Lecture 03-Pharmacology Flashcards Preview

Differential Diagnosis > Lecture 03-Pharmacology > Flashcards

Flashcards in Lecture 03-Pharmacology Deck (17)
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1

___ is the branch of medicine concerned with the use, effect, and modes of action of a drug.

Pharmacology

2

What factors can affect pharmacokinetics?

-comorbidities
-demographics (age, gender, etc.)
-genetics (body type)
-other chemicals

3

The ___ of the drug refers to its ability to exert their actual effects or even side-effects after its chemical make-up has changed.

The ACTIVITY of the drug

4

___ is the branch of pharmacology associated with the movement of a drug on a body.

Pharmacokinetics

5

___ is the branch of pharmacology associated with the effects of a drug and mechanisms of action.

Pharmacodynamics

6

What is the difference between enteral and parenteral administration of drugs?

Enteral = administered into the mouth and digestive tract (easy, less predictable absorption)
-sublingual
-buccal (orallly)
-rectal

Parenteral = administered elsewhere in the body than the digestive tract (difficult, more predictable absorption)
-inhalation
-topical
-transdermal
-injection
-drops

7

The following have to deal with ___:
-administration
-absorption and distribution
-storage
-elimination

Pharmacokinetics

8

Concerning absorption and distribution of a drug in the body, all pharmaceuticals are affected by:

-administration route
-chemical properties of the drug
-barrier and carriers of the drug in the body
=> barriers = restrict movement of drugs
=> carriers = active transport systems at cell membrane

9

True or false: storage of a drug in tissues (fat, muscle, bones, organs, etc.) is typically associated with tissue damage as it can disrupt function of the tissue.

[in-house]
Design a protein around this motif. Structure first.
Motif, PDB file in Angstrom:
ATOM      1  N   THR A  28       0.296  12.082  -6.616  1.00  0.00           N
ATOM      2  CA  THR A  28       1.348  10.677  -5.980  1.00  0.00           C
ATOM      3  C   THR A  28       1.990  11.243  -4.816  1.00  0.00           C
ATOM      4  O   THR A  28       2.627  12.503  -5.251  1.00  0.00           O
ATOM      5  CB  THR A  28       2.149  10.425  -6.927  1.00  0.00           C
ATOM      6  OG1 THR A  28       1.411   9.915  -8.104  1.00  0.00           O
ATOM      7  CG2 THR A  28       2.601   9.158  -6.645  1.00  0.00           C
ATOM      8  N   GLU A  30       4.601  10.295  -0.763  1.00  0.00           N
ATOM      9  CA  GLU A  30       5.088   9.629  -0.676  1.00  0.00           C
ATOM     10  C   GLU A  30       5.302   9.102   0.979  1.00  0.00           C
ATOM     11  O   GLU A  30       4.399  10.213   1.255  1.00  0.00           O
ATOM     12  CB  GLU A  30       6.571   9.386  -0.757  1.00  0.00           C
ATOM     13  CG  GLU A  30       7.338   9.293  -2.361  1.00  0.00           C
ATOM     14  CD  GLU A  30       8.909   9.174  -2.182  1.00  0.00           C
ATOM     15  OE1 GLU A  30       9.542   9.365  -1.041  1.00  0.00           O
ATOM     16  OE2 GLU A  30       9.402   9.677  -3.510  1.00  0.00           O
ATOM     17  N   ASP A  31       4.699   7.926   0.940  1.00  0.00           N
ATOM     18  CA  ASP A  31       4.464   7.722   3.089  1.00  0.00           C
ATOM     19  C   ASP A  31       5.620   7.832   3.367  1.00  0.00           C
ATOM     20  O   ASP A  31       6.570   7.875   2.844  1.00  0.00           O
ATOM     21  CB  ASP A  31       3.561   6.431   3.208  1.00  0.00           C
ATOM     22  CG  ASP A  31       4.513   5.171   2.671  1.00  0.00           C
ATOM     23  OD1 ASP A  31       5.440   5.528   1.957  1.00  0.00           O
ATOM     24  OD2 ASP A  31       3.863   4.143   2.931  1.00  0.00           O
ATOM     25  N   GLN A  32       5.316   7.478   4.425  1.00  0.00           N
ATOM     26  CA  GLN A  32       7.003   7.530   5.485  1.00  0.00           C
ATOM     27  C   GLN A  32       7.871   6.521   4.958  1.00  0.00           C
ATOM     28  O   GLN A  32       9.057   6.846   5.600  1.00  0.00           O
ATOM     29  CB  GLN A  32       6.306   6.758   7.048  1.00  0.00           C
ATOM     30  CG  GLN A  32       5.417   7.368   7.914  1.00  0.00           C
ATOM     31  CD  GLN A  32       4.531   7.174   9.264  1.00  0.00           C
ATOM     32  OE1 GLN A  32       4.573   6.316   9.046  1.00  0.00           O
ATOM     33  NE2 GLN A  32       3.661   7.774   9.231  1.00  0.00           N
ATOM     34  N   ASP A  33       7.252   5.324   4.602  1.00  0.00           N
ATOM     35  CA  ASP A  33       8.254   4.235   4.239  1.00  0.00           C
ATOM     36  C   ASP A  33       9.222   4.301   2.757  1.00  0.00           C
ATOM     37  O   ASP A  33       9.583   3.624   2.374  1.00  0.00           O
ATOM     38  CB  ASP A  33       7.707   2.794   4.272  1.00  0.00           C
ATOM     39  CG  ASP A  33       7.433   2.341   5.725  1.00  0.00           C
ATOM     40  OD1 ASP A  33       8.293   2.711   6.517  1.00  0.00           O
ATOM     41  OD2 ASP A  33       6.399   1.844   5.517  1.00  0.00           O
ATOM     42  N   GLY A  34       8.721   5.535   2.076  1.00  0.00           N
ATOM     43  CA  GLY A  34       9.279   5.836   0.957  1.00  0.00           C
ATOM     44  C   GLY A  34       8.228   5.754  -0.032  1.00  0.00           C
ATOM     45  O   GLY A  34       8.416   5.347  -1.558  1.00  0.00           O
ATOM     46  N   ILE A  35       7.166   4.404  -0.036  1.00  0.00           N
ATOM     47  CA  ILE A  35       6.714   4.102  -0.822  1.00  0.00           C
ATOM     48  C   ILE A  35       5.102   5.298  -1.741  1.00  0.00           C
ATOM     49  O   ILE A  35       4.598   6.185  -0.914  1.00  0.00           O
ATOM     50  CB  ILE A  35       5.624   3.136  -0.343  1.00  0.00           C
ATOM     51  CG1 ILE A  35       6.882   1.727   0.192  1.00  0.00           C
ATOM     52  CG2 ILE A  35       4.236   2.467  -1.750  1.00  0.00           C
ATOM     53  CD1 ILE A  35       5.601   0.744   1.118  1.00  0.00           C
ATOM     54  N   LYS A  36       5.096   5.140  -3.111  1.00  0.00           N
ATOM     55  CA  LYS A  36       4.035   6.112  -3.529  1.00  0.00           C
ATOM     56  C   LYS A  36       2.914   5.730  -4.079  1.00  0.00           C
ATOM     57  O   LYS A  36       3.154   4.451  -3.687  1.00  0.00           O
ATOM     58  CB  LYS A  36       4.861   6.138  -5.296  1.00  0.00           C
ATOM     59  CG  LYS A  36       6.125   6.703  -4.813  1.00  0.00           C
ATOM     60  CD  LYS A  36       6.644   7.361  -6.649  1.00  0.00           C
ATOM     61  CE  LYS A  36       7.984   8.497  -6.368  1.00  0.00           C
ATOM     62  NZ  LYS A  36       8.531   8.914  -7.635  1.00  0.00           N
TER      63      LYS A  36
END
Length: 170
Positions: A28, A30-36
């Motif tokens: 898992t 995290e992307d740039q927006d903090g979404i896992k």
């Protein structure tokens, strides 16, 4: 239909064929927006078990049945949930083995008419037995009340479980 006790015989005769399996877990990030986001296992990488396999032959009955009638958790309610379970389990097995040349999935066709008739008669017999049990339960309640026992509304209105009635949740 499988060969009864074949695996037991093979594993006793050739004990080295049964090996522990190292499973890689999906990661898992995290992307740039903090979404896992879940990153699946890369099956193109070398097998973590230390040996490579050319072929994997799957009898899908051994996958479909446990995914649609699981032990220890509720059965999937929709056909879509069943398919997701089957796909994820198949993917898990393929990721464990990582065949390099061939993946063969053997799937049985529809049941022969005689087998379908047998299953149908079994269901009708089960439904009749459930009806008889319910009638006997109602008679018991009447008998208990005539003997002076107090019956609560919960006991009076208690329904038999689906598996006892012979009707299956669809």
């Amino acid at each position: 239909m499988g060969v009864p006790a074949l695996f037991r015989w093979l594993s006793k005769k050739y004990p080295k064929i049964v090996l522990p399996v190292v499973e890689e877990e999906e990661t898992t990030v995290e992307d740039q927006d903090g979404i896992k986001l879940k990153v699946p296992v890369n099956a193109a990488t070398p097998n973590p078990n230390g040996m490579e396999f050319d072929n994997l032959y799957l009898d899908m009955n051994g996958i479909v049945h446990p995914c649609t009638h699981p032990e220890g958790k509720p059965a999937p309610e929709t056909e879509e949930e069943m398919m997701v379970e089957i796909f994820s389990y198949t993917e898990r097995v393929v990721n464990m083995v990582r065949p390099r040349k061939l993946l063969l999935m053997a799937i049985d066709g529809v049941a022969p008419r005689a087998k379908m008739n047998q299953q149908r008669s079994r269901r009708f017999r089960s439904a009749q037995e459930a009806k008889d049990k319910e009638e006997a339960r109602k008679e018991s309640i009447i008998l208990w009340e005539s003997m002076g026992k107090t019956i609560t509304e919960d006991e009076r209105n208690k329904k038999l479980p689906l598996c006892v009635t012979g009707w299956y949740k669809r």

True.

Note; storage of the drug in tissues can cause chemical redistribution = uncontrolled delivery of medication into bloodstream after treatment ends

10

___ is the percentage of the administered dose that appears in the bloodstream.

___ is how much of the drug remains at is passes through the liver first before it gets to the bloodstream.

1. Bioavailability - i.e, if you give 50 mg of a drug and 25 mg of the drug appears in the bloodstream, the drugs is 50% bioavailable

2. First-pass metabolism
-dependent on whether-or-not the drug was given enterally or not (if not, it doesn’t generally go through first-pass metabolism as it is directly delivered to the site)

11

What are the phases of drug testing?

Animal trials: typically completed on rodents and can progress to other, larger animals dependent on the type of drugs or the results of the animal trials (significant side-effects)

Human trials
1. Small number of health subjects (several months) -establishes dosages and side-effects
2. Intended population (small; months to years) -establishes whether the drug is effective in treating what it is intended to treat (efficacy)
3. Intended population (large; months to years)
4. Long-term effectiveness (compares to other drugs on the market and cost-effectiveness)

12

When a drug is metabolized it is called ___.
This process occurs in the ___.

1. Bio transformation
2. Liver

Note; drugs are also designed to break down certain ways in our bodies
also note; metabolites can still exert changes on the body

13

What is an orphan drug?

A drug that is reluctantly sponsored for FDA approval because of its limited scope of treatment
-generally used to treat rare diseases

14

What does the half-life of a drug refer to?

The amount of time it takes for 50% of the active form of the drug to be eliminated by the body (where 50% of the drug is eliminated in each half-time period).

-primary way we can determine how long a drug will stay active in the body

15

What does if mean for generic and brand name drugs to be bioequivalent to each other?

-same amount and type of active ingredient
-some administration
-same pharmacokinetics

16

Why is the half-life of a drug important?

It helps determine dosing.

17

During elimination of the drug, what is happening and by what processes?

-active form of the drug is turned into a less active form (metabolite) and is removed from the body
=> first-pass metabolism
=> excretion (i.e, urine, breast milk, sweat, etc.)
=> note; may also be called an “active metabolite” if it still has therapeutic effect